Cross-sectional studies can be thought of as providing a “snapshot” of the frequency and characteristics of a disease in a population at a particular point in time. These are very good for measuring the prevalence of a disease or of a risk factor in a population. Thus, these are very helpful in assessing the disease burden and healthcare needs.
Let us look at a study that was aimed to assess the prevalence of myopia among Indian children. In this study, trained health workers visited schools in Delhi and tested visual acuity in all children studying in classes 1–9. Of the 9884 children screened, 1297 (13.1%) had myopia (defined as spherical refractive error of −0.50 diopters (D) or worse in either or both eyes), and the mean myopic error was −1.86 ± 1.4 D. Furthermore, overall, 322 (3.3%), 247 (2.5%) and 3 children had mild, moderate, and severe visual impairment, respectively. These parts of the study looked at the prevalence and degree of myopia or of visual impairment, and did not assess the relationship of one variable with another or test a causative hypothesis – these qualify as a descriptive cross-sectional study. These data would be helpful to a health planner to assess the need for a school eye health program, and to know the proportion of children in her jurisdiction who would need corrective glasses.
The authors did, subsequently in the paper, look at the relationship of myopia (an outcome) with children's age, gender, socioeconomic status, type of school, mother's education, etc. (each of which qualifies as an exposure). Those parts of the paper look at the relationship between different variables and thus qualify as having “analytical” cross-sectional design.
Sometimes, cross-sectional studies are repeated after a time interval in the same population (using the same subjects as were included in the initial study, or a fresh sample) to identify temporal trends in the occurrence of one or more variables, and to determine the incidence of a disease (i.e., number of new cases) or its natural history. Indeed, the investigators in the myopia study above visited the same children and reassessed them a year later. This separate follow-up study showed that “new” myopia had developed in 3.4% of children (incidence rate), with a mean change of −1.09 ± 0.55 D. Among those with myopia at the time of the initial survey, 49.2% showed progression of myopia with a mean change of −0.27 ± 0.42 D.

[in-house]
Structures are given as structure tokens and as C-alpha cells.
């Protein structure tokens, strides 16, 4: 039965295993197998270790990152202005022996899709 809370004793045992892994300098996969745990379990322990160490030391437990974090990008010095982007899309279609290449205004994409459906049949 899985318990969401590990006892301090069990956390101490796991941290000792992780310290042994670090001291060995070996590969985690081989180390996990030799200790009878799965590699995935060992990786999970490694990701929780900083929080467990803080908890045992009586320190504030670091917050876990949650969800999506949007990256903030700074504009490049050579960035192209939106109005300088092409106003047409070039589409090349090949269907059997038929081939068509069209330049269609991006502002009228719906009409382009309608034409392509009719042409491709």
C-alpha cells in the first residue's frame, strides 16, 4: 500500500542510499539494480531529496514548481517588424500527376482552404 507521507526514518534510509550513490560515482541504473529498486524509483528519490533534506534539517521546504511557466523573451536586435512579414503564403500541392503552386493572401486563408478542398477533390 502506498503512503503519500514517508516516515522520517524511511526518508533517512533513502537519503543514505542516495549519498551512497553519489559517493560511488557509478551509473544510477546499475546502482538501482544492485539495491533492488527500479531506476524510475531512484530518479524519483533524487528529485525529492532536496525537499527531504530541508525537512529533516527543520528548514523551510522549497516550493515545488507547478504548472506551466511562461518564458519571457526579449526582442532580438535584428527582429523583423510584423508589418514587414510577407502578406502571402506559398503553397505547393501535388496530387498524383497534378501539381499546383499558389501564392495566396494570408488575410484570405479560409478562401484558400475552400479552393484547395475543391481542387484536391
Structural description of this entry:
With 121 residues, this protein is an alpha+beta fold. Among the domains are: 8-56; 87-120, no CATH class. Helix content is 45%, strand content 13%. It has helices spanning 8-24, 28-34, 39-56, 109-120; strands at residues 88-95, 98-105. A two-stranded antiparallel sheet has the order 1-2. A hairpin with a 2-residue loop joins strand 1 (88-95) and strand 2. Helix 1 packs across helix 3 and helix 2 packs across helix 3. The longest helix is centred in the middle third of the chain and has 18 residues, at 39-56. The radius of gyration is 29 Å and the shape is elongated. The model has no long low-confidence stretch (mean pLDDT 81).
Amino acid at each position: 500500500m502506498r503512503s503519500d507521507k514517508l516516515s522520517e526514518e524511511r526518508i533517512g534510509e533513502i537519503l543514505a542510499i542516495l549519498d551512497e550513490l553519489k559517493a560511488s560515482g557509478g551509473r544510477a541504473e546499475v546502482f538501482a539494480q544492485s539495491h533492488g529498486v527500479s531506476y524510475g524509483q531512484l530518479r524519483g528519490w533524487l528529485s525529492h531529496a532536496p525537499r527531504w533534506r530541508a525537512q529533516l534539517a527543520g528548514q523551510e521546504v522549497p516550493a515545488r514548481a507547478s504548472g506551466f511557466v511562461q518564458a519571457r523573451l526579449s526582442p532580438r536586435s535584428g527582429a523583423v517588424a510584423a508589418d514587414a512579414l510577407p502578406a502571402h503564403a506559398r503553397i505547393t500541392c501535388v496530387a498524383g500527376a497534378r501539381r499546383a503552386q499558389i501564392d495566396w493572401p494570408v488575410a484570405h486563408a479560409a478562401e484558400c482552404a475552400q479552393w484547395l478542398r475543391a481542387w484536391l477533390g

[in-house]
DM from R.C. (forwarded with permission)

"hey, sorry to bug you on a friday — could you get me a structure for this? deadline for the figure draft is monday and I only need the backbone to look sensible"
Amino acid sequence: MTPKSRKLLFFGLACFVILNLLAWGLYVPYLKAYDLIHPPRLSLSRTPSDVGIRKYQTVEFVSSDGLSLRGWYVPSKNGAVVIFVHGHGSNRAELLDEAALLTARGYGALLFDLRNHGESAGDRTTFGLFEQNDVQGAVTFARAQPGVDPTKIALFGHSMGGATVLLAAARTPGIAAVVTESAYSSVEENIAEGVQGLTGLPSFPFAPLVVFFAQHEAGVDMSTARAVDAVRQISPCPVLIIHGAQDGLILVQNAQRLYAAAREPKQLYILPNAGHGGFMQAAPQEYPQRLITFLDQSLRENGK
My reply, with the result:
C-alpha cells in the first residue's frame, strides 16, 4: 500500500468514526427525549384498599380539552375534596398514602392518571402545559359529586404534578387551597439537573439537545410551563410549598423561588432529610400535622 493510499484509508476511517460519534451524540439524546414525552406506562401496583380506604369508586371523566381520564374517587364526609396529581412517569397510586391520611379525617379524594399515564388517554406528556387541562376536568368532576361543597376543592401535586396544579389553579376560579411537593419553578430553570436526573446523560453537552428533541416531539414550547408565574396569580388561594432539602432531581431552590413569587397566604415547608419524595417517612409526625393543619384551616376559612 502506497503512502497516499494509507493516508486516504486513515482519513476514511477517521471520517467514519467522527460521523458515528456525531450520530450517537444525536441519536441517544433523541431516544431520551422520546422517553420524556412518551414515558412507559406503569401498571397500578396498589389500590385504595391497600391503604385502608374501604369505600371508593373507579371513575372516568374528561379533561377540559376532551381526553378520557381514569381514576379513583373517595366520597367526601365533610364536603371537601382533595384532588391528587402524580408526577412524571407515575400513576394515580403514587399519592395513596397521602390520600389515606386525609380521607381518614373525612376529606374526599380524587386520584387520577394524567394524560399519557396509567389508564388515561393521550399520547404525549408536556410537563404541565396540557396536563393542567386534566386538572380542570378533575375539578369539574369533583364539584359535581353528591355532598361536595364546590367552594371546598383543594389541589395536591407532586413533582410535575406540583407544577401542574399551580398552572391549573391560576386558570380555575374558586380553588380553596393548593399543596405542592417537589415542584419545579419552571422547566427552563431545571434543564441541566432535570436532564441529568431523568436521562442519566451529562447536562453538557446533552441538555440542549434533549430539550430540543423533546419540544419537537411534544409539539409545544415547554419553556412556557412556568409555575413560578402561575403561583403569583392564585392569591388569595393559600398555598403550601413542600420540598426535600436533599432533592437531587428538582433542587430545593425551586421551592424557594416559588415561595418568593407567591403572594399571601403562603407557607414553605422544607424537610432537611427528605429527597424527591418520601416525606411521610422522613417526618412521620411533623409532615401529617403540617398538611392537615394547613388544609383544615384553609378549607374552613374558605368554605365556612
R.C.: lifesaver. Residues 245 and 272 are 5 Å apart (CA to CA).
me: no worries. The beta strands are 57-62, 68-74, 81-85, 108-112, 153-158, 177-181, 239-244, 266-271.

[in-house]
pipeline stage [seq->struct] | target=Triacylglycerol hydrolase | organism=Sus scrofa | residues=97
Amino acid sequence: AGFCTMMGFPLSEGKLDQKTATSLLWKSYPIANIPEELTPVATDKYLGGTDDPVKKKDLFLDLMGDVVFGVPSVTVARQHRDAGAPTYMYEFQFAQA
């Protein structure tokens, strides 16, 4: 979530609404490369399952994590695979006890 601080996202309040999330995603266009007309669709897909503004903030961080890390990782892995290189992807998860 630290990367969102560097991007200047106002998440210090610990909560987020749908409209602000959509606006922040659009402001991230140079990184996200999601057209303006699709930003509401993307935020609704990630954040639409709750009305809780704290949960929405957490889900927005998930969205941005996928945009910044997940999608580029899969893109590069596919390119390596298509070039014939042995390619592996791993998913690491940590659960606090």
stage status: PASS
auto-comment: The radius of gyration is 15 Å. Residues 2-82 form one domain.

Cross-sectional studies are usually simple to do and inexpensive. Furthermore, these usually do not pose much of a challenge from an ethics viewpoint.
However, this design does carry a risk of bias, i.e., the results of the study may not represent the true situation in the population. This could arise from either selection bias or measurement bias. The former relates to differences between the population and the sample studied. The myopia study included only those children who attended school, and the prevalence of myopia could have been different in those did not attend school (e.g., those with severe myopia may not be able to see the blackboard and hence may have been more likely to drop out of school). The measurement bias in this study would relate to the accuracy of measurement and the cutoff used. If the investigators had used a cutoff of −0.25 D (instead of −0.50 D) to define myopia, the prevalence would have been higher. Furthermore, if the measurements were not done accurately, some cases with myopia could have been missed, or vice versa, affecting the study results.
Ecological (also sometimes called as correlational) study design involves looking for association between an exposure and an outcome across populations rather than in individuals. For instance, a study in the United States found a relation between household firearm ownership in various states and the firearm death rates during the period 2007–2010. Thus, in this study, the unit of assessment was a state and not an individual.